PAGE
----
The home of the masked ball, exquisite Murano glass, and one of the most charming, most romantic places in the world, Venice can and will impress and delight you. Even just a weekend in Venice can prove an unforgettable experience.

The City of Water was proclaimed a UNESCO World Heritage site in 1987, and here are just a few things you can do during your trip to the city of gondolas, canals, and carnivals.

Weekend in Venice: 6 Things to Do and See

Treat Yourself with Flavorful Gelato

A fantastic start to your 2 days in Venice would be a taste of some of the most delicious gelatos in the country. Such a sweet delight, known to Italians for centuries, is a perfect way to start your journey in the most interesting, most charming city if not in the world, then surely in Italy.

You’ll find a gelateria almost on every corner in Venice, each with its specific atmosphere and very unique tastes. However, the highly regarded one is often left out from the tourist route. Gelateria Alaska creates its delights by hand, using natural favoring. The menu changes frequently, and the tastes range from the traditional to the house standard ginger, and even experimental flavorings, like artichoke.

Treat Yourself with Flavorful Gelato

An Aperitivo at Harry’s Bar

Many of us enjoy a pre-dinner drink, but this ritual is almost standard in Italian culture. Called aperitivo, it’s an experience you shouldn’t miss out on, especially if you’re wondering what to do in Venice.

To make it even more special, visit Harry’s Bar. A veritable cultural institution (the Italian Ministry for Cultural Affairs declared it a national landmark), it’s home of both the Bellini and Carpaccio. Since its grand opening in 1931, it’s been a host to a number of famous people, chief among them being Ernest Hemingway. Others include Alfred Hitchcock, Truman Capote, Charlie Chaplin, Orson Welles, Arturo Toscanini, and even George Clooney and Woody Allen.

Enjoy the Magnificence of St. Mark’s Square

Among the best free things to do in Venice is simply, well, being there. Each nook and cranny, every winding street and serpentine canal is not only beautiful, but also a testament to the city’s history.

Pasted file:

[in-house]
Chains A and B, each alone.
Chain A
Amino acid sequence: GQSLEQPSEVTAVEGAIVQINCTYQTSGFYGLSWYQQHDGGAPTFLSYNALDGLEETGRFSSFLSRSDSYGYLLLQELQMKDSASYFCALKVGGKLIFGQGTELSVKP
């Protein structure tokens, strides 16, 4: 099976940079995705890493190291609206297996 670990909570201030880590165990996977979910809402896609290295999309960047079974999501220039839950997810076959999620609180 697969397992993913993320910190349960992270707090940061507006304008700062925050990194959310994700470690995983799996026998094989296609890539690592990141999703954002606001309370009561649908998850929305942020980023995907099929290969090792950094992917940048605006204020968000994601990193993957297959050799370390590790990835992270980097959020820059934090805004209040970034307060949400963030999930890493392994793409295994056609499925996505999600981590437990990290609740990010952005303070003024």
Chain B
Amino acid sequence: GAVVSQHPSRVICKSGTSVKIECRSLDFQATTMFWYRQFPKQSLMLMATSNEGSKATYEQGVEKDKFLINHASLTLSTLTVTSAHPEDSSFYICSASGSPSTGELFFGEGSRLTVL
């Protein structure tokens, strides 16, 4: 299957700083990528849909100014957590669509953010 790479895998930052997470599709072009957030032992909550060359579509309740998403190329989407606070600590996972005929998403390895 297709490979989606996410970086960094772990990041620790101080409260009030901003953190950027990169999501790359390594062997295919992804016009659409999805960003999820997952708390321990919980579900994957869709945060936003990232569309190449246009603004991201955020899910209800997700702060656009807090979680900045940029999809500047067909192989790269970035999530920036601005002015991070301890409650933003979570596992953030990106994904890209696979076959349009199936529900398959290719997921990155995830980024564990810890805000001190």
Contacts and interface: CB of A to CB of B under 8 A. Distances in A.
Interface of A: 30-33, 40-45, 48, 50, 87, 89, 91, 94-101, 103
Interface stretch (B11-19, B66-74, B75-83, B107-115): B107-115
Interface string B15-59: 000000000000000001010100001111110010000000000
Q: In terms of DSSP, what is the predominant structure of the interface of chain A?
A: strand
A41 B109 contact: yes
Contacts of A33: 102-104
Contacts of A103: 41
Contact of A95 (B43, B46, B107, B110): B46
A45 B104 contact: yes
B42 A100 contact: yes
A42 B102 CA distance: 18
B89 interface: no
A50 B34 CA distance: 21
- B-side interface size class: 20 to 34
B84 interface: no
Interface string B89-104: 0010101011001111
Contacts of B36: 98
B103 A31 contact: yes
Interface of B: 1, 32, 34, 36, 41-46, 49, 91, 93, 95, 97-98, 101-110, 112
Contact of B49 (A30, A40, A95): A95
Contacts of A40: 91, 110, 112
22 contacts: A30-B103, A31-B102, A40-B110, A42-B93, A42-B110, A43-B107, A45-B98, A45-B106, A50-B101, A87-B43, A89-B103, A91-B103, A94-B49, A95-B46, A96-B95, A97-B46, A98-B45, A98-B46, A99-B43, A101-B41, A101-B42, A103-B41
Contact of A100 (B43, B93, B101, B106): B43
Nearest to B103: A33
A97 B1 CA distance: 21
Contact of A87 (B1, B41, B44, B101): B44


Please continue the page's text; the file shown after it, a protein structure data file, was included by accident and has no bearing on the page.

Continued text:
The square of Saint Mark is still the main public square in Venice. Constructed way back in the 800s, it is still very much a part of Venetians’ daily life. Each site lining its edges reaches far back into history and is still worthy of your attention – both from the outside and from the inside.

The Doge’s Palace first came to be in 1340, and was, for a while, a residence of the Doge, the utmost authority of the city. Once the heart of public and political life, the palace remains a masterpiece of Gothic architecture and is now a museum.

St. Mark’s Basilica, unlike the palace, is a feat of Byzantine architecture and still the official seat of the Catholic church in Venice. Decorated with extraordinary mosaics, it’s open for prayer and architecture admirers.

The basilica’s bell tower, called St. Mark’s Campanile stands at 323 feet and was completed in today’s form in 1514. If you climb on top, you’ll be greeted with an indescribable view of Venice. Even Galileo used the tower for an observatory!

Visit a museum or two

Your Venice itinerary cannot be complete without a visit to at least one gallery or a museum. Fortunately, there’s no lack of choice in Venice. Right by the Doge’s palace (a museum in its own right), is the Correr museum.

The Correr Museum will tell you all about how it was like to live in the Venetian Republic, from the time when the Doge’s rule was at its zenith all the way to the nadir of Venetian power. Here you will find rare manuscripts, portraits of Venetian aristocracy, proof of Venetian military might, and other historically and culturally significant artifacts.

The art collection of this museum follows the development of Venetian art up to the 16th century. There you can find works by Giovanni Bellini, Vittore Carpaccio, and many other important Italian artists.

If your tastes lean more to the contemporary, you should definitely visit the Peggy Guggenheim Museum. An 18th-century palace purchased by Guggenheim herself, nowadays houses an impressive collection of modern art. Cubism, Futurism, Surrealism, American abstract are just some of the art styles you can enjoy in this museum.

Visit a museum or two

Venice Jazz Club

The charm of Venice at night is not something that can be told, only experienced. A small and intimate place, just like a jazz club should be, this club is everything you imagine and more. Combine it with a visit to Harry’s bar and you just might end up feeling like Hemingway, Chaplin, or Wells out on the town.

Venice jazz club provides you with live music almost every night in the week. Here, you’ll be able to enjoy classic, modern, Latin jazz, and bossa nova. Each of the musicians on stage is a talented expert in their craft, and if you take a look at the man playing the piano, sometimes you’ll find the club owner playing the keys.

Musica a Palazzo

In case you’re in Venice this weekend and wish for an extraordinary evening, you should visit Musica a Palazzo. This is not really a place, but an association that performs opera in such a way that enchants the senses and brings it closer to the viewer.

Each performance, sometimes each act of an opera,  is set in a different part of a Venetian palace built in the 15th  century. The splendor of Baroque furnishings only enhances the experience, allowing you to appreciate each note and to fully immerse yourself in the story.

Since Venice is not a large city, it’s quite possible to explore it during the weekend. Whether it’s your first time here or a hundredth, you can be sure you’ll come across a new thing of beauty. To experience it in the way only the Italians know, contact us! We provide you with luxury transportation services and can help you design bespoke day tours around your specific interests and schedules.